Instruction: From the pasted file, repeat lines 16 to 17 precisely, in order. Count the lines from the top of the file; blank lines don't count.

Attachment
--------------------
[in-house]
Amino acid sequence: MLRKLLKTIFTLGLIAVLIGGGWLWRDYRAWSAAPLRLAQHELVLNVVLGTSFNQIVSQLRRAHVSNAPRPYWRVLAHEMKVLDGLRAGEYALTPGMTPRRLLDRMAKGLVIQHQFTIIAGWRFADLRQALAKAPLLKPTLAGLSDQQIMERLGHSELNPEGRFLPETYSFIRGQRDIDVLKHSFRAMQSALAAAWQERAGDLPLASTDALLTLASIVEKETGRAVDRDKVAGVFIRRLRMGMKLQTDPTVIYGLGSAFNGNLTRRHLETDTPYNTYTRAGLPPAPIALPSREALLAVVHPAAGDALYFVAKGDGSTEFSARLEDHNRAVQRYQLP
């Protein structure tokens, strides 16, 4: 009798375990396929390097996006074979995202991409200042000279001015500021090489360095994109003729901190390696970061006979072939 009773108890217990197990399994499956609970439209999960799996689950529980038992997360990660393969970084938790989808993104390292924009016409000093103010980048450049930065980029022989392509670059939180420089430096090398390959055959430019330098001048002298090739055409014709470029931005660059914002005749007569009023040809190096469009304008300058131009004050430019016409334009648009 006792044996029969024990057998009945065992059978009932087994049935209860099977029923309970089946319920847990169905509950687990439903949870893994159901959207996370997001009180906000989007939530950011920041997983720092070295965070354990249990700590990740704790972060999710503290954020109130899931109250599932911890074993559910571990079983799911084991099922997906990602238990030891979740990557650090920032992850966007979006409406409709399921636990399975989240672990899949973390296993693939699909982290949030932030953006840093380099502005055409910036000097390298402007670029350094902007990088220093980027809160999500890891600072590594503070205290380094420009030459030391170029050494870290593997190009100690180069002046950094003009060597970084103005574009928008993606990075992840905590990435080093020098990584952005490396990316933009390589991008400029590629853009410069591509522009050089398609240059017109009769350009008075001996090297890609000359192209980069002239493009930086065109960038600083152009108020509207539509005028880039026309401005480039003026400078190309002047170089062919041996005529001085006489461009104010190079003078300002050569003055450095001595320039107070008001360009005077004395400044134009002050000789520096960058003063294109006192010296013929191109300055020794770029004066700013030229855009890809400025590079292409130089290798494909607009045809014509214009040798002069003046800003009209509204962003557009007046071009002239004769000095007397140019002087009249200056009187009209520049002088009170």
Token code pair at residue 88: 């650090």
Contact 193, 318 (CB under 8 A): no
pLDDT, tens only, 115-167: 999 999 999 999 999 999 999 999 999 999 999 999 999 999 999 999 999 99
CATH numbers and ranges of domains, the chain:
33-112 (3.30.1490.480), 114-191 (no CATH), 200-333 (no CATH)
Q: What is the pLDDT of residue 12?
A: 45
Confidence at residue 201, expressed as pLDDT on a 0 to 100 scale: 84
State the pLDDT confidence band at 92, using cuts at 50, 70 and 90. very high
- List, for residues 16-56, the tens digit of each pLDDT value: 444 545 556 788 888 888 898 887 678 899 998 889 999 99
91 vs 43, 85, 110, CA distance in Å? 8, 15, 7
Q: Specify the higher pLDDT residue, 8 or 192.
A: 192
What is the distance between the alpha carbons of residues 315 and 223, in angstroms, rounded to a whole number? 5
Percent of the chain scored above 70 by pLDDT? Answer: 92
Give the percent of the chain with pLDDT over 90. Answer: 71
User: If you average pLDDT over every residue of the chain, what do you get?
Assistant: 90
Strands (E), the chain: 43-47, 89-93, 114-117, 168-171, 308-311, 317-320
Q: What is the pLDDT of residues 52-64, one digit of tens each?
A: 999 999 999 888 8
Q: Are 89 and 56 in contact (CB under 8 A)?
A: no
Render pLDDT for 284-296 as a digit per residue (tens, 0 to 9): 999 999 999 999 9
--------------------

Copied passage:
A: 192
What is the distance between the alpha carbons of residues 315 and 223, in angstroms, rounded to a whole number? 5